Reviewed by DICK STEEL / 10

A Nutshell Review: Taipei Story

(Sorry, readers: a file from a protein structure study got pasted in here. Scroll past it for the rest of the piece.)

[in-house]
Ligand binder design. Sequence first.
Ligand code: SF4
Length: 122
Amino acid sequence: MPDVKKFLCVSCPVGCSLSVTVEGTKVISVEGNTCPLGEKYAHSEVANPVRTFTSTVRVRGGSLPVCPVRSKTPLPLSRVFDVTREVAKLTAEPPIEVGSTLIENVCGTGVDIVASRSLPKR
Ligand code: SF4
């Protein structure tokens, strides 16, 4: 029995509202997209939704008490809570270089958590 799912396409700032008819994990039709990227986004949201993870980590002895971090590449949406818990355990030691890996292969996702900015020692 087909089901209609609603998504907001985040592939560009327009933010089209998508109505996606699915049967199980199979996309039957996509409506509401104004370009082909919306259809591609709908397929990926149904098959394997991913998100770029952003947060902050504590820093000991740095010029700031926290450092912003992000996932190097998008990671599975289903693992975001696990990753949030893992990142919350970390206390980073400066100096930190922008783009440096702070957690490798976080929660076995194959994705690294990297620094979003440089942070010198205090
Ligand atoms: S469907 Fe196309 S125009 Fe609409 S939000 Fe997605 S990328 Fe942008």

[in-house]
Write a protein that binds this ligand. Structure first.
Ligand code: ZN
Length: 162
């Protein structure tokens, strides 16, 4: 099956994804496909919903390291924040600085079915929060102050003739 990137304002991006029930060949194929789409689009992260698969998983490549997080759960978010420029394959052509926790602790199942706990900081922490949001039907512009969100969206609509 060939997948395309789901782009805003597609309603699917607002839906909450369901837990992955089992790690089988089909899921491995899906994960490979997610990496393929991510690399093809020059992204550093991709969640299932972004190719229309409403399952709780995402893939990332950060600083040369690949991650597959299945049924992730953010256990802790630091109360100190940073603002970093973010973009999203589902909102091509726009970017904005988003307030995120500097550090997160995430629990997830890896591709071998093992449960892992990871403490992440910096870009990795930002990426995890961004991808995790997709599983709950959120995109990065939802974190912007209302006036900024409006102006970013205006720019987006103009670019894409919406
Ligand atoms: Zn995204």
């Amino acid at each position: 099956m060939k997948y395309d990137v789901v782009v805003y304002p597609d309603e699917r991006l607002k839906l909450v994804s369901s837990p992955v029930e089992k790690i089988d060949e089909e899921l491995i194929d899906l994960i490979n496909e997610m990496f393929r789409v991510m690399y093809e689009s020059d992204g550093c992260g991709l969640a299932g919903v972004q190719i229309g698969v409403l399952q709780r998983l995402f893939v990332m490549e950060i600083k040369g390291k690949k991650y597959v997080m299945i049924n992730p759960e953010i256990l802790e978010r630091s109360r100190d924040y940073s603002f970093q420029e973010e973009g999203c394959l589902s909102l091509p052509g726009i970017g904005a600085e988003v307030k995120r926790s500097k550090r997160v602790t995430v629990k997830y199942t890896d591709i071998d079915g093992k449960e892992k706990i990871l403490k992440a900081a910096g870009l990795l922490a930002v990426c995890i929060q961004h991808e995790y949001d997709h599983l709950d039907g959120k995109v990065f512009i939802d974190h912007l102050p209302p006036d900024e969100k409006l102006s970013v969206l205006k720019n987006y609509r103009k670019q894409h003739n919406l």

Edward Yang's second feature film deals with the systematic breakdown of a relationship in urban Taiwan society, and to say the least I'm always emotionally apprehensive with something like this because it's terribly bleak without any positive reprise, as it chips away slowly but surely toward an inevitable finale. Still, while not as sprawling as his first feature, Taipei Story is just as masterful in its treatment of topics of being alienated in your own society, and being unable to escape from past glories that frankly nobody gives a hoot about. Two big names in Taiwan put on their acting chops as leading performers of this film, the first being Tsai Chin the songstress who would go on to become Yang's first wife, and starring opposite her is Hou Hsiao-Hsien, the acclaimed film director whom you would have seen earlier in a more comical (or at least going by the laughs his small role received) part of being part of a management posse. And frankly, he has that tremendous charisma in front of the screen, just that his talents also extend going behind the camera more often than he is in front of one. They play the couple Chin and Lon respectively, where the film opens with the couple looking at an apartment they can call their own. All seems well at first, until the story by Yang, Hou Hsiao-Hsien and Chu Tien-Wen begin to unfold and reveal the cracks that exist beneath. You're not going to be successful each time you sweep things under the carpet, and here the issues are many which includes a sudden turn of events in the career of Chin, being quite confident about her promotion in the beginning before a forced acquisition of the company she works for meant her position is made redundant. Seeking solace and a listening ear from her boyfriend Lon looked like a tall order, with Lon being preoccupied with trying to assimilate back to society having spent some time in Los Angeles, and struggling to find his identity since he's still stuck in the glorious years of the past with his Lttlle League baseball success. From this point on your suspicion of the lack of intimacy rears its ugly head, as one poignant scene involves Lon just staring blankly at his lover who had mentioned the demise of her career, but you can tell just how badly he wants to go back to the television baseball game, and a recorded one at that. Chin constantly hiding beind large, and I mean large, sunglasses also makes it difficult for the viewer, and others around her, to gaze into her soul since the eyes hold the key to that, and probably added to her frustration of being misunderstood without knowing she's also partly responsible for that. Hou Hsiao-Hsien on the other hand plays that swaggering protagonist with aplomb, intense and constantly on the edge to give others a piece of his mind or two when they cross him through snide remarks, which ultimately this hot headedness and growing impetuousness will prove to be his downfall, not being able to fulfill the dream he once had with the woman he once loved. In many ways this urban saga highlighting the troubles, issues and concerns of a working middle class are easily identifiable with even for us folks in Singapore, where many of us are juggling careers with other passions (normally tussling for the limited time we have to spend on them), and the various roles that we play in life, from being a family member, to a friend or a colleague. It's painful to watch as these get put on screen, and those looking for escapism in film will be confronted squarely with what's essentially those issues that one desires to escape from. Here are people stuck with the roles that they cannot run from, and sometimes societal pressures also mean that one has to help the elders to bail out from their situation in what's essentially a wait-and-see, or to tackle things as they come by, one at a time approach. We can tell how beholden Lon is to Chin's father, and the latter's troubles also mean an additional financial pressure placed on Lon. Then on the relationship front come complications from an ex seeking a divorce, and a fellow co-worker looking for companionship with his own impending divorce - seems like any relationship here in the film is constantly on the rocks, such as Lon's taxi friend whom he runs (literally) into - and these present challenges to what's already a fragile couple waiting for an eruption of emotional and trust issues. Yang's film seems to suggest these are urban traits inevitable at the pace society's moving, trading rapid economic growth for relationship woes as the people's focus changes direction with different priorities being misplaced. From his earlier work, these issues were explored, and they continue here in more depth since the number of characters are more than halved to allow focus and depth of exploration. I'm already curious and optimistic that more of such themes will pop out in the subsequent films in this retrospect (having read their synopsis) and it does seem bleaker in the road up ahead. Recommended, although personally I'd prefer Yang's first film to this one, probably because this cuts too close to home and reality.